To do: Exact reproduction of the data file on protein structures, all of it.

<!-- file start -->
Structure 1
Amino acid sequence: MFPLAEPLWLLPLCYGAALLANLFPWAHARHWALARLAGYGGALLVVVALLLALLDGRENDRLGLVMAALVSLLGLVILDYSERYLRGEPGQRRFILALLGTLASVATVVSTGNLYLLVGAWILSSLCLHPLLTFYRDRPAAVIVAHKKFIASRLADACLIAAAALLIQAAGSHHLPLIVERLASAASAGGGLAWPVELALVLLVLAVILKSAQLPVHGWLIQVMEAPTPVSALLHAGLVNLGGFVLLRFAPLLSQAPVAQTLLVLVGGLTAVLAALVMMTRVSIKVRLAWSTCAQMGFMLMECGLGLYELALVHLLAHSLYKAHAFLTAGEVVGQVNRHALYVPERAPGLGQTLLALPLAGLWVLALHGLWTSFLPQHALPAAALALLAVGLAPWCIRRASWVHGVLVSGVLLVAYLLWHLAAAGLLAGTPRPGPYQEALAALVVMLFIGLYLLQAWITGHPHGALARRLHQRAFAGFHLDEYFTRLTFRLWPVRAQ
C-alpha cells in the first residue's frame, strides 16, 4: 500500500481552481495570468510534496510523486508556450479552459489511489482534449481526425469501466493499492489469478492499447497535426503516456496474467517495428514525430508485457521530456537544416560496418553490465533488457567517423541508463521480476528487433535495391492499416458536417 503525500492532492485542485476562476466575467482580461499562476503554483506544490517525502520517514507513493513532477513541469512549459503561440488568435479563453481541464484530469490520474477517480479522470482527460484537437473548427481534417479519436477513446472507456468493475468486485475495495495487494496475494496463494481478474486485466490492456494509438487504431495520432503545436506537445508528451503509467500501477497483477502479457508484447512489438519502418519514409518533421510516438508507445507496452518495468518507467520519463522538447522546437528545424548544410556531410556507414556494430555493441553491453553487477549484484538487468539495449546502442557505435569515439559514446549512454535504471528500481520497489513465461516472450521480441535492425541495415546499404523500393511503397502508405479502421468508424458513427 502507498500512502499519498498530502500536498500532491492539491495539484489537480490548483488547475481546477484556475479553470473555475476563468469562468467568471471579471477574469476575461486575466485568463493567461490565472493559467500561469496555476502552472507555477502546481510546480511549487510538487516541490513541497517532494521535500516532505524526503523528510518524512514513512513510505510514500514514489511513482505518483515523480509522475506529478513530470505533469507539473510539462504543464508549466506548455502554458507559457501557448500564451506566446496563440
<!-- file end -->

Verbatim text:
Structure 1
Amino acid sequence: MFPLAEPLWLLPLCYGAALLANLFPWAHARHWALARLAGYGGALLVVVALLLALLDGRENDRLGLVMAALVSLLGLVILDYSERYLRGEPGQRRFILALLGTLASVATVVSTGNLYLLVGAWILSSLCLHPLLTFYRDRPAAVIVAHKKFIASRLADACLIAAAALLIQAAGSHHLPLIVERLASAASAGGGLAWPVELALVLLVLAVILKSAQLPVHGWLIQVMEAPTPVSALLHAGLVNLGGFVLLRFAPLLSQAPVAQTLLVLVGGLTAVLAALVMMTRVSIKVRLAWSTCAQMGFMLMECGLGLYELALVHLLAHSLYKAHAFLTAGEVVGQVNRHALYVPERAPGLGQTLLALPLAGLWVLALHGLWTSFLPQHALPAAALALLAVGLAPWCIRRASWVHGVLVSGVLLVAYLLWHLAAAGLLAGTPRPGPYQEALAALVVMLFIGLYLLQAWITGHPHGALARRLHQRAFAGFHLDEYFTRLTFRLWPVRAQ
C-alpha cells in the first residue's frame, strides 16, 4: 500500500481552481495570468510534496510523486508556450479552459489511489482534449481526425469501466493499492489469478492499447497535426503516456496474467517495428514525430508485457521530456537544416560496418553490465533488457567517423541508463521480476528487433535495391492499416458536417 503525500492532492485542485476562476466575467482580461499562476503554483506544490517525502520517514507513493513532477513541469512549459503561440488568435479563453481541464484530469490520474477517480479522470482527460484537437473548427481534417479519436477513446472507456468493475468486485475495495495487494496475494496463494481478474486485466490492456494509438487504431495520432503545436506537445508528451503509467500501477497483477502479457508484447512489438519502418519514409518533421510516438508507445507496452518495468518507467520519463522538447522546437528545424548544410556531410556507414556494430555493441553491453553487477549484484538487468539495449546502442557505435569515439559514446549512454535504471528500481520497489513465461516472450521480441535492425541495415546499404523500393511503397502508405479502421468508424458513427 502507498500512502499519498498530502500536498500532491492539491495539484489537480490548483488547475481546477484556475479553470473555475476563468469562468467568471471579471477574469476575461486575466485568463493567461490565472493559467500561469496555476502552472507555477502546481510546480511549487510538487516541490513541497517532494521535500516532505524526503523528510518524512514513512513510505510514500514514489511513482505518483515523480509522475506529478513530470505533469507539473510539462504543464508549466506548455502554458507559457501557448500564451506566446496563440